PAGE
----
MANY of the best sports teams in recent years have, by and large, been self-regulating. It should be the end goal for every coach, manager and administrator, but all too often they see it as their duty to make the rules and then enforce them.

Professional players should be given the opportunity to suggest how they would like to be treated and what an appropriate sanction would be if they do not adhere to their own standards. And they should also be given the chance to review certain rules and regulations which have been in place and passed their sell-by date.

Take the team’s dress code as an example. If the management imposes the wearing of blazers and ties — for virtually any function — there will be resentment, guaranteed. But leave them alone together in a room and ask only for them to reach a consensus, and they will supply a list of occasions on which the wearing of "No 1’ is appropriate. Guaranteed.

Impose a night-time curfew and there will be resentment. Ask the players to discuss an appropriate time for them to be back at the team hotel while on tour, and reach a consensus, and they will — guaranteed.

Depending on the collective maturity of the team, they may decide that a "guideline" would be more appropriate than a hard and fast deadline.

The same applies to voluntary or compulsory practices, autograph signing commitments, wives and girlfriends on tour, visitors to the change room — just about everything. And for every regulation and guideline in their self-constructed code of conduct, there would have to be a set of consequences, all agreed to by majority consent. Only then should the manager and CE hold their disciplinary committees along with the captain and/or senior player.

One of the most important skills of the management team is then how to deal with the persistent, "petty crime" offender, the man who persistently wears brown shoes instead of black and arrives back at 10:45pm instead of 10:30pm.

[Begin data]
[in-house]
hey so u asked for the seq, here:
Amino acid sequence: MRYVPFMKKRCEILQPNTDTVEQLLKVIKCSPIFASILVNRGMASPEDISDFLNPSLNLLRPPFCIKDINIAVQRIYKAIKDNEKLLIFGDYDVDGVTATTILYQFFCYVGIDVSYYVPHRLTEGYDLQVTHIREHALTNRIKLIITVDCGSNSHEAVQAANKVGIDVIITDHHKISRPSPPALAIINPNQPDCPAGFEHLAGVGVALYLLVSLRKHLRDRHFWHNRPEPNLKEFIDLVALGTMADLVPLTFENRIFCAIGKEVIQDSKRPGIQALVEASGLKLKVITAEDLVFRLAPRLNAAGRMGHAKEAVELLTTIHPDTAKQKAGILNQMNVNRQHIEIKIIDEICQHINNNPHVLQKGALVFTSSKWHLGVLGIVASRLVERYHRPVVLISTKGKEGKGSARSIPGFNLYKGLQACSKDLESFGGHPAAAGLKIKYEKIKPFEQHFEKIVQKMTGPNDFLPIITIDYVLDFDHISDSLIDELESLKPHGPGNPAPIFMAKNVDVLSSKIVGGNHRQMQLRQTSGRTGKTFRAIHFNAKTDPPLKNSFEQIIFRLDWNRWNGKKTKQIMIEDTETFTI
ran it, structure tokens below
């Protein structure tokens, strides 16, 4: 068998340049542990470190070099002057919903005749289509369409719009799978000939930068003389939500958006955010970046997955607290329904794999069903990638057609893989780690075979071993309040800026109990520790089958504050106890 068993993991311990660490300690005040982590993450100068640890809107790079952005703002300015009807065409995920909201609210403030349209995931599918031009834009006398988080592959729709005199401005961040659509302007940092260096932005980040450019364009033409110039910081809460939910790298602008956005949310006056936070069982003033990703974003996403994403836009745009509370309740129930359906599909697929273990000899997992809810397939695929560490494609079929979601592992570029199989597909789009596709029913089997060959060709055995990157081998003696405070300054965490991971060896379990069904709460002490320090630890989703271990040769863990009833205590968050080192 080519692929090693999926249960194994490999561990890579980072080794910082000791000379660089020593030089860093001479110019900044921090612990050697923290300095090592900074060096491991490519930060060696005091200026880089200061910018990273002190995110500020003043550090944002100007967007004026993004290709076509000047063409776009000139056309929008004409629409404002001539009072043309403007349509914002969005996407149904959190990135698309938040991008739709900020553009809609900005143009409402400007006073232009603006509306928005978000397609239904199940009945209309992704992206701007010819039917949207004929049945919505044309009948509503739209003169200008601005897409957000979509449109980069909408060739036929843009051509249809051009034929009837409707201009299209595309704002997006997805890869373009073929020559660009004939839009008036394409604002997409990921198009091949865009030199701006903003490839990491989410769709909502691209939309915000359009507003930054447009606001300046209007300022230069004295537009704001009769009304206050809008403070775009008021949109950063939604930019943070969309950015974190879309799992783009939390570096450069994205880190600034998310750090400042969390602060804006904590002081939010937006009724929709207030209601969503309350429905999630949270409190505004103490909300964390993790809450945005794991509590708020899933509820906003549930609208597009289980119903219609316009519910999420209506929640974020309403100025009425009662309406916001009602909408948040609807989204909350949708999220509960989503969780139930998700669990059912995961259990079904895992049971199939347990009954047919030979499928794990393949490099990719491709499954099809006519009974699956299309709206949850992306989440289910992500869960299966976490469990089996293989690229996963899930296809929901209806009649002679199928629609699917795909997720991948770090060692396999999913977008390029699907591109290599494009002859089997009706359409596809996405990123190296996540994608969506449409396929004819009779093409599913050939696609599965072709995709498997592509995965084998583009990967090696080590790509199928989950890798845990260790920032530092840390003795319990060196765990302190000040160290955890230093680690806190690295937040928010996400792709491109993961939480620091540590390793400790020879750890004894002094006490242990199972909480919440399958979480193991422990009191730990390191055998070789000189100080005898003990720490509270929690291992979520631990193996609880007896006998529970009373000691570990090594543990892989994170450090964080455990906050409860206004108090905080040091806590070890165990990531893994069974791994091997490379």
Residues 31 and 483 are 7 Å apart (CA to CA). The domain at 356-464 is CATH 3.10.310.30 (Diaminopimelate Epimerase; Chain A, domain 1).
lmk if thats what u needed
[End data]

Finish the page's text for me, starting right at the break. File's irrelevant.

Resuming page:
These infringements can and usually are described as "harmless" and punishments are invariably described as petty and draconian by those looking in from the outside.

The management’s most important decision is whether the miscreant’s deeds are performance affecting or not. Wearing the wrong shoes clearly is not. Staying out later than everyone else might be.

But if the players made those rules, then they are obviously important to the majority of them. If they all made the effort to wear black shoes and be back at 10:30pm, why couldn’t the errant one? Eventually that behaviour takes its toll and the conforming players start taking "street revenge" and setting up parody Twitter accounts to humiliate the offender.

The management’s most important decision is whether the miscreant’s deeds are performance affecting or not. Wearing the wrong shoes clearly is not. Staying out later than everyone else might be.

England’s problems with Kevin Pietersen were compounded by the lack of rule-making power for the players, or even feedback. And just as he did at every other team he played for, Pietersen pushed back against every rule and regulation he felt was imposed on him by Team England.

Head coach Andy Flower showed a great deal of restraint and patience over the years — but eventually the English system had its way and the conformist establishment said enough was enough and kicked Pietersen out.

He believes he is different and especially gifted, and many — but not everyone — believe he has neither grace nor humility.

The best captains and managers had humoured him and indulged his need for positive reinforcement. It was an exhausting job, but Michael Vaughan will be remembered as one of England’s greatest captains because he was prepared to do it.

Coping with the errant genius is a common problem, not a rare one.

As captain of West Indies Brian Lara travelled everywhere with his own car and driver on tour in SA and refused to use the team bus. Imagine what that did for team spirit.

On the whole SA has coped well with its maverick players over the years because punishing Herschelle Gibbs for wearing the wrong travel-day shirt (again!) or Daryll Cullinan for ... anything, would have denied the team their runs.

Every effort must be made to keep the best players in the team — but it cannot go on forever. At some point the relationship must end. The other 10 players will see to that.

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